How Government Failures Will Impact the Future of American Politics. Government failures produce political upheavals. And according to Peter Beinart, we’re in the middle of one of America’s three great government failures since 2000. In this talk, he discusses how these three failures – America’s invasion of Iraq, the 2008-2009 financial crisis, and the COVID-19 pandemic – produce long-term revolutions or near-revolutions in America’s two major political parties. In the years to come, he predicts how these failures will further destabilize each of the parties and give rise to more anti-establishment candidates, breaking down how the Democratic and Republican parties will shift in their response. If you thought the rise of President Trump and Sanders was destabilizing, just wait. 

Politics Today. Peter Beinart offers a comprehensive picture of the political landscape. He offers an analysis of where the parties are and what their futures hold for them, including evaluating the perils of incumbency and the demographic changes that are affecting electoral results. With an independent perspective, he offers an original viewpoint on the current administration’s agenda and its challenges in achieving it. Beinart’s balanced scrutiny of the issues and current events gives audiences an entertaining and edifying experience they won’t soon forget.

The Demographics of Politics. Beinart offers audiences unique perspectives on the demographic shifts affecting politics including the rise of populism. He addresses how cultural changes are favoring Democrats and the emergence of non-traditional party structures, plus what traditional Republicans can do to minimize their loss of influence. Looking at both younger voters and minorities, Beinart gives unique and compelling insight into this transition in American politics, outlining what these groups care about and how changes in American society will affect future elections and the course of government policy.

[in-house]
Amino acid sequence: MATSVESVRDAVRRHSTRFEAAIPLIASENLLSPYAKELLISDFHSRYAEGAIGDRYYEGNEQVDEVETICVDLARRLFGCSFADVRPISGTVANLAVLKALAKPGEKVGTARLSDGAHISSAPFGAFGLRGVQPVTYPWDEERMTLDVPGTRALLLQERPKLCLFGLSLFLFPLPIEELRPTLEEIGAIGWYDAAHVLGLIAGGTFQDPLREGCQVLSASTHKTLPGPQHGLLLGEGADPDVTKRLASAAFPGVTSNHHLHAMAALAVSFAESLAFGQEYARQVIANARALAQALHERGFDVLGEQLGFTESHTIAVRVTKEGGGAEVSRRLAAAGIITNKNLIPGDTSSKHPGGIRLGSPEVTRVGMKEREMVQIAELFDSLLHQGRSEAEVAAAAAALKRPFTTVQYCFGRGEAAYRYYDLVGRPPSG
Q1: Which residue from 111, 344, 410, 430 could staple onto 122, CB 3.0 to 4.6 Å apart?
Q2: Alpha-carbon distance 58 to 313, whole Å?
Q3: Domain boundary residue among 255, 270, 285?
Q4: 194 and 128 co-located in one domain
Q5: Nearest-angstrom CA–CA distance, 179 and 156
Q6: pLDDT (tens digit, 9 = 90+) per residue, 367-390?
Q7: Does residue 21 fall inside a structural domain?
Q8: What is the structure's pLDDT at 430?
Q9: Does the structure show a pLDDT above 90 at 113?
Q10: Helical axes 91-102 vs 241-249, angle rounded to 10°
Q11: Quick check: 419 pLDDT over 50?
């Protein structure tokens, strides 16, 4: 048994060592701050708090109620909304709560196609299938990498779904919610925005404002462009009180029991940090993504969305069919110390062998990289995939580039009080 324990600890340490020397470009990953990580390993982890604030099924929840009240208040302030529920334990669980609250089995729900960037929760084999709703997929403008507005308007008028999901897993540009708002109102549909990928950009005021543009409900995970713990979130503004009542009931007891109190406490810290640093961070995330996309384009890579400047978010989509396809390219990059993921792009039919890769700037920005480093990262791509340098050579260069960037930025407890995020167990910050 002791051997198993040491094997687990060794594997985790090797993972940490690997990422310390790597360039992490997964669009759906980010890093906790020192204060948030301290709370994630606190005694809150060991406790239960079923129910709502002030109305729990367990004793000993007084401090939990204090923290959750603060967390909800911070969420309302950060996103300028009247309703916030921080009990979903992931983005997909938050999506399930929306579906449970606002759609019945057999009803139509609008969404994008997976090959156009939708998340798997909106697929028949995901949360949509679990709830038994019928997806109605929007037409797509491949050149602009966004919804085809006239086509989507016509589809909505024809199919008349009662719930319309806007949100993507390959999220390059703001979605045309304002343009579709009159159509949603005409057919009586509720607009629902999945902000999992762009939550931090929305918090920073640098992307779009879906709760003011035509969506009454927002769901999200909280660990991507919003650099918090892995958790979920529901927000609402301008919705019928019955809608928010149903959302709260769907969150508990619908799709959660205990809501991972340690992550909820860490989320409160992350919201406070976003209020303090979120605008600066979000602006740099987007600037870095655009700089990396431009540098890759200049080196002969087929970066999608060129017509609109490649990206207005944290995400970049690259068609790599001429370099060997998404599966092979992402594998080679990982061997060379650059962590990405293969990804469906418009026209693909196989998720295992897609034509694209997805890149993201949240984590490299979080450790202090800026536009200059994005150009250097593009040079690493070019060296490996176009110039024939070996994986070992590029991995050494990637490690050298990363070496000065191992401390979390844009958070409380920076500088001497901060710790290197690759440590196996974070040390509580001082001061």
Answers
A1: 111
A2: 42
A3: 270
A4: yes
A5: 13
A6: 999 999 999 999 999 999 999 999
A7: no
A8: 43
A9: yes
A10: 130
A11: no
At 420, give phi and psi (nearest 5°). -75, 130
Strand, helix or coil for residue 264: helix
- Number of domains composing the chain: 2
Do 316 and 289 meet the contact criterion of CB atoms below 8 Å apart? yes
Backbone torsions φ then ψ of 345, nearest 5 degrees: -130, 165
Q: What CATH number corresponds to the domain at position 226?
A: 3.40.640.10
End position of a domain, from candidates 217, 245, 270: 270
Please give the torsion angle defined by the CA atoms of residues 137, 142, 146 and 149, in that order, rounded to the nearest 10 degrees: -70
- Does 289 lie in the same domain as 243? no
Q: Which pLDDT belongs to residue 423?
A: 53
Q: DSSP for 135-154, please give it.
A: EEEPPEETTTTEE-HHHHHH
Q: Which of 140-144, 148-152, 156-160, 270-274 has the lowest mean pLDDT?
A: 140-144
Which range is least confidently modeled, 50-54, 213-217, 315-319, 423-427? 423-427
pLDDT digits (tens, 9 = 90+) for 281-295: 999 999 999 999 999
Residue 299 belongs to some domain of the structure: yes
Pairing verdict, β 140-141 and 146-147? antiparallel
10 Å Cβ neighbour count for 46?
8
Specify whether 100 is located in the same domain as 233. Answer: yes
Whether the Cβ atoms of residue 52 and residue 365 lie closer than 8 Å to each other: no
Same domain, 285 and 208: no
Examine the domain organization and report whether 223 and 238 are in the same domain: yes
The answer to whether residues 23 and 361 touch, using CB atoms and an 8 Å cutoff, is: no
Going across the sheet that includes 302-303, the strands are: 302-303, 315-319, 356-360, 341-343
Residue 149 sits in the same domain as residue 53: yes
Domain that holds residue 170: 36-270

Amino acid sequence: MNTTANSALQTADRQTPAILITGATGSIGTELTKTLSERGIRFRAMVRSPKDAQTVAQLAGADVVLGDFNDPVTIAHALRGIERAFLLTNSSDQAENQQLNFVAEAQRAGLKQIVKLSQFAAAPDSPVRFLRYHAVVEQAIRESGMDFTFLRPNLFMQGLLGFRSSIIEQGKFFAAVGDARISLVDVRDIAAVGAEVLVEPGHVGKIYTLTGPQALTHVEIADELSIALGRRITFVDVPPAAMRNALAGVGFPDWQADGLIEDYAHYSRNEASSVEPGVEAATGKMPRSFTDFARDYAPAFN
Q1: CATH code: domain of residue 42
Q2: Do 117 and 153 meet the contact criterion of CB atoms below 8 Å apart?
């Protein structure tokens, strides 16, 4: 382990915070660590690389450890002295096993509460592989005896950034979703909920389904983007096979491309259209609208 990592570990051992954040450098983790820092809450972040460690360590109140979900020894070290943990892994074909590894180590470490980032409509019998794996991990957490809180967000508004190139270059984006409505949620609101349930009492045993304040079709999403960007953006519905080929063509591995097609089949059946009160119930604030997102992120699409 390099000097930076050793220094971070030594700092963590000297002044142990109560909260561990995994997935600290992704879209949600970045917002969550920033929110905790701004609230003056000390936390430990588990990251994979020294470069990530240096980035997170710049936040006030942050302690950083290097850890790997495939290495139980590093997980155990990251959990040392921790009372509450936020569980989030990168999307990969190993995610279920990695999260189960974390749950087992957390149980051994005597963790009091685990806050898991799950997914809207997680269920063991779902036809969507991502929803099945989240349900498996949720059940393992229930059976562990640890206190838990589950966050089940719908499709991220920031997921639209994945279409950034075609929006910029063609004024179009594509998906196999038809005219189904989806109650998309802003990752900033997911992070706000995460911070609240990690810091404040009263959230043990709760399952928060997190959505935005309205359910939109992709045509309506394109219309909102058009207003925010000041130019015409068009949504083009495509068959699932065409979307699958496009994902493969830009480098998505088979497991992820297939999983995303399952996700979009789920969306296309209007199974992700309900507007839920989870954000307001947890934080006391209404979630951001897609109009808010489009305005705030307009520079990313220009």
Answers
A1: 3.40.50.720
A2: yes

American Foreign Policy. Beinart addresses American foreign policy and America’s place on the world stage, covering issues like how we must adapt to being relatively less powerful – we are not the only major player anymore and cannot will situations to go our way as we once had in the past. Beinart talks about how we navigate this new world and how we temper our can-do spirit with a more realistic assessment of ourselves and our fallibility while still making the most out of our opportunities and standing. He rounds this talk out by explaining how these issues affect businesses and politics alike.

The Future of Israel. As Jewish settlements grow and the West Bank becomes more and more inseparable from Israel, questions about Israel’s future mount. Will Israel annex the West Bank? Is territorial withdrawal, and the creation of a Palestinian state, still possible? Can Israel reconcile its security needs with its founding imperative to be a democratic Jewish state.

The Future of American Jews. Since the 1967 war, major American Jewish organizations have enthusiastically rallied behind Israel, claiming it is in under constant threat. But many younger American Jews see Israel in a different light. In their eyes, Israel is not a victim but a strong military power that is presiding over an undemocratic occupation of the West Bank. What will this schism between the leadership and the broader community mean for American Jewry? Will American Jews lose interest in Israel? Or can younger American Jews reconcile liberalism and Zionism in a new age?